Then there are the necessarily prop-heavy special effects, including weird photographic projection screens that the Incubi wear on their faces that just project televised images of their own dorky, bespectacled faces, and sets consisting of such things as square metal frames draped with trash bags. The set designers and effects people do a good job, for the most part, with what was clearly a very limited budget; but the production values are very evident, and the film suffers in some places as a result.
Overall, though, Ink is good. The story is predictable, but who cares? That can be satisfying, and it’s the case here. You root for who you’re supposed to root for (once you figure out who that is, which is telegraphed pretty early on but not definitively revealed until the end). There’s some ambiguity, but it’s all sorted out by the end. It’s crunchy.
The most interesting point, for me, is the supernatural universe Ink constructs. You’ve got these Storyteller folks–an interesting name choice–whose job it is to give folks good dreams. It seems as though they may also be psychopomps, and they may themselves be the souls of deceased humans, though the film’s not entirely clear on these points. Anyway, in Ink these guys give folks good dreams and fight against the bad-dream guys, the Incubi. These latter apparently also want to capture human souls for some nefarious (and never stated) purpose.
It’s not really a novel premise (not that it needs to be). But I couldn’t help but be struck by how similar the cosmology Ink establishes is to another, far less sophisticated, far more ridiculous fictional world.
Have you guessed what I’m thinking of yet? Here’s a hint:
I’m sorry, but you probably deserved that. Karma.
That’s right. The mythos is essentially the same as everybody’s favorite seizure-inducing nonsensical Adult Swim time sink, Bleach. Sure, in Bleach they’re Soul-Reapers; in Ink they’re Storytellers. But come on. In both the anime and the film, these good guys fight evil spirit dudes with silly weapons and crazy martial arts. In both they’re supposedly protecting the souls of the living from wicked spirit-beings out to do…stuff. In both they are, again, just so hip.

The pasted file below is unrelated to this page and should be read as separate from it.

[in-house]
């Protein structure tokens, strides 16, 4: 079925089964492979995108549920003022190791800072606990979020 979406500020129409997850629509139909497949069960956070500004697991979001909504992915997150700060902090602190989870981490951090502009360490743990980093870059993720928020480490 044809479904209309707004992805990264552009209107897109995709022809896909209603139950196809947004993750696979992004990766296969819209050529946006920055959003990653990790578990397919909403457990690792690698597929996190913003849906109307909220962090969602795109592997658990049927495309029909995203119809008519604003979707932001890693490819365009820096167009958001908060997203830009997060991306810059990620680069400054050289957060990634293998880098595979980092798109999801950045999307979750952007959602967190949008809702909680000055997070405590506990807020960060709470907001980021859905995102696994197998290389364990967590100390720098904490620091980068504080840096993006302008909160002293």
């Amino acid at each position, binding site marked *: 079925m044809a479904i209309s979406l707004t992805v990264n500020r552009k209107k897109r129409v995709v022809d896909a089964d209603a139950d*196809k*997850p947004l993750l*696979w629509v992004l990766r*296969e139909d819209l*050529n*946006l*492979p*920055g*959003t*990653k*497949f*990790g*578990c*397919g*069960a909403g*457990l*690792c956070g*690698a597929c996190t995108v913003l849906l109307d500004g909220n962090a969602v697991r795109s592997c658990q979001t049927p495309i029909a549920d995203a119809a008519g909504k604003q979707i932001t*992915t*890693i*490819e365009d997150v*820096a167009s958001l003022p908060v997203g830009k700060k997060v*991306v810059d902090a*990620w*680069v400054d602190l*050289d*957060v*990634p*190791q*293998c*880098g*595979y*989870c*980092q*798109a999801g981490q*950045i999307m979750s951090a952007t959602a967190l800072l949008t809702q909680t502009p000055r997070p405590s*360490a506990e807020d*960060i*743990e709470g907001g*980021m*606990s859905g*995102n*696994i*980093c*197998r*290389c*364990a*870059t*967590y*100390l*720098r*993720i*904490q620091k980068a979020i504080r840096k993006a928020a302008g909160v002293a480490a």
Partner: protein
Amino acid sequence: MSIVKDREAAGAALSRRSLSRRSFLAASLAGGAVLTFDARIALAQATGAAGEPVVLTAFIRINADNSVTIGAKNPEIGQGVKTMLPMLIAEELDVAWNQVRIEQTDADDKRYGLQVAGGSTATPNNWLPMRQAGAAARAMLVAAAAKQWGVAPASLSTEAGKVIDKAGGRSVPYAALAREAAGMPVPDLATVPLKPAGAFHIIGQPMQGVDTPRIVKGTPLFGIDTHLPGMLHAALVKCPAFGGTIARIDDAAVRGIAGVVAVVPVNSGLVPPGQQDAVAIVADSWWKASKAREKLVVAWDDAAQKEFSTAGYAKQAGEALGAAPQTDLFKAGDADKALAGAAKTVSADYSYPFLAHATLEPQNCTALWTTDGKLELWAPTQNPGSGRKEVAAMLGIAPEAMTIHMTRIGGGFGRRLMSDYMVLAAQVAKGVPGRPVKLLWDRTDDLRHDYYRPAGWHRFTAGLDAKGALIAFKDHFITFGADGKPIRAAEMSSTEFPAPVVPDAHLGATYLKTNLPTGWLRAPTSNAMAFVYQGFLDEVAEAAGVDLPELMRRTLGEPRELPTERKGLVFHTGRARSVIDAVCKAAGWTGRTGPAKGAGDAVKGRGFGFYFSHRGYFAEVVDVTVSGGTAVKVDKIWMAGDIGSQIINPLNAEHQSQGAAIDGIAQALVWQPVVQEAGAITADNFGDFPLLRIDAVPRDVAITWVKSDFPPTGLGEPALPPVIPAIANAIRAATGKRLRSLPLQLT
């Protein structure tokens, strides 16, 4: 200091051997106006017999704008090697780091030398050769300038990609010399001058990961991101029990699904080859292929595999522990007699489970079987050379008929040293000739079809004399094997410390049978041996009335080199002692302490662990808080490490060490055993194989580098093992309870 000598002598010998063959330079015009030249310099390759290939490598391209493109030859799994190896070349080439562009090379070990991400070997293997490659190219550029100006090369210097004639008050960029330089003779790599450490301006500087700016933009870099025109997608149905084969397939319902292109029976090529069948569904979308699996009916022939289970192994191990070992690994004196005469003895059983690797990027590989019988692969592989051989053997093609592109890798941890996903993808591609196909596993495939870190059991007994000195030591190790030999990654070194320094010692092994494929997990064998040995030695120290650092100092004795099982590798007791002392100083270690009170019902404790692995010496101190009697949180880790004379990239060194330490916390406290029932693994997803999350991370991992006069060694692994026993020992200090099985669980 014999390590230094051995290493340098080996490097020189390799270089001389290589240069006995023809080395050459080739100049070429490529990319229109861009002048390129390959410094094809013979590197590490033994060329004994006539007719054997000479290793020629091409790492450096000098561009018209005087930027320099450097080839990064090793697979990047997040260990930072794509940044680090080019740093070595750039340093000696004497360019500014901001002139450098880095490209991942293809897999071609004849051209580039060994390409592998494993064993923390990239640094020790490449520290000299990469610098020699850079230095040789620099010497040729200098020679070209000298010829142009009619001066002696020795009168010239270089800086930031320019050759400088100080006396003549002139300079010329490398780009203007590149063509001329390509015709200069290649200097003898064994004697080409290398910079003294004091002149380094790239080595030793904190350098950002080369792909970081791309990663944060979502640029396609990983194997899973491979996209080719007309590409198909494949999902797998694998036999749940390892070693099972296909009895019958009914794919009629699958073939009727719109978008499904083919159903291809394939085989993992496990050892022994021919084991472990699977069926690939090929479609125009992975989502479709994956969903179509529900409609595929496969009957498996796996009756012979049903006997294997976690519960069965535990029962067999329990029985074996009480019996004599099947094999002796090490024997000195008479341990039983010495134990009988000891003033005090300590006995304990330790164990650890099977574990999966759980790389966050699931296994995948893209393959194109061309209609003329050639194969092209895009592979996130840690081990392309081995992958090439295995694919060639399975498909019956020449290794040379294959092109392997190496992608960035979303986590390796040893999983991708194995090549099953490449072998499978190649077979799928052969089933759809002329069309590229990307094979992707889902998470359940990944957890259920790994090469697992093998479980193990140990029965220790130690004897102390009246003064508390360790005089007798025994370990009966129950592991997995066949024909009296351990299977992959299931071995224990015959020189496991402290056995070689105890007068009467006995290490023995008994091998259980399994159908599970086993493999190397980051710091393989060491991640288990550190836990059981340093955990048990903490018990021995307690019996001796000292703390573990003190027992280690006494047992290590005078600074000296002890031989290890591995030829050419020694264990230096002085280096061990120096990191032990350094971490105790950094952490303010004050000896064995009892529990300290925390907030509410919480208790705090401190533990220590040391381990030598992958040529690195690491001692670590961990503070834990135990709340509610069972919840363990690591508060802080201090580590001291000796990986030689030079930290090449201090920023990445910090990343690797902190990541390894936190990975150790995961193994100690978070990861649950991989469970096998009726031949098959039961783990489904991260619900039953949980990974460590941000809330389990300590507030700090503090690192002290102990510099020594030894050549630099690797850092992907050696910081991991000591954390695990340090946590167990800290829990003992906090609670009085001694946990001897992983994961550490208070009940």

Ink does it much better, of course. Bleach is an embarrassment. But the fact remains that the ideas in play are incredibly similar, as is the style with which it’s all executed.
Maybe the one significant complaint (and this, perhaps, is a spoiler) is the idea that a fundamentally bad person–or at least a person who has become bad through his own choices–can be saved not through a long and arduous process of redemption, but by the last-minute intervention of a band of supernatural do-gooders who’ve decided his daughter is just too cute to die, dammit–and Quinn Hunchar as Emma definitely plays the cute card pretty much every second she’s on screen. John, the ruthless businessman, is of course not past redemption; but he doesn’t earn it. It’s handed to him by some random hip young heroes who shop exclusively at Urban Outfitters. This moral point actually hinders the otherwise effortless suspension of disbelief that Ink enables. Spirits and ghosts and such, sure. A get-out-of-jail-free card? Not sure about that. And the other side of the redemption coin is that I’m not entirely sure that John actually does anything that bad, with the one exception of failing to rush to the hospital when he learns his daughter is in a coma. That’s bad, sure, but it doesn’t seem to tally with this damned soul image the movie foists on John.
All of that is secondary. The bottom line, as far as I’m concerned, is that Ink is a fun movie with a few tear-jerky moments that leaves you feeling pretty satisfied when all is said and done, despite a few shortcomings. This is one of the few movies that I might actually like to see remade (with the same director and writers, but a much bigger budget, and perhaps some new cast members). Having said that, Ink deserves a lot of credit in its own right, exactly as it is, for being a fun little adventure with some compelling ideas and a generally pleasing narrative. 83/100.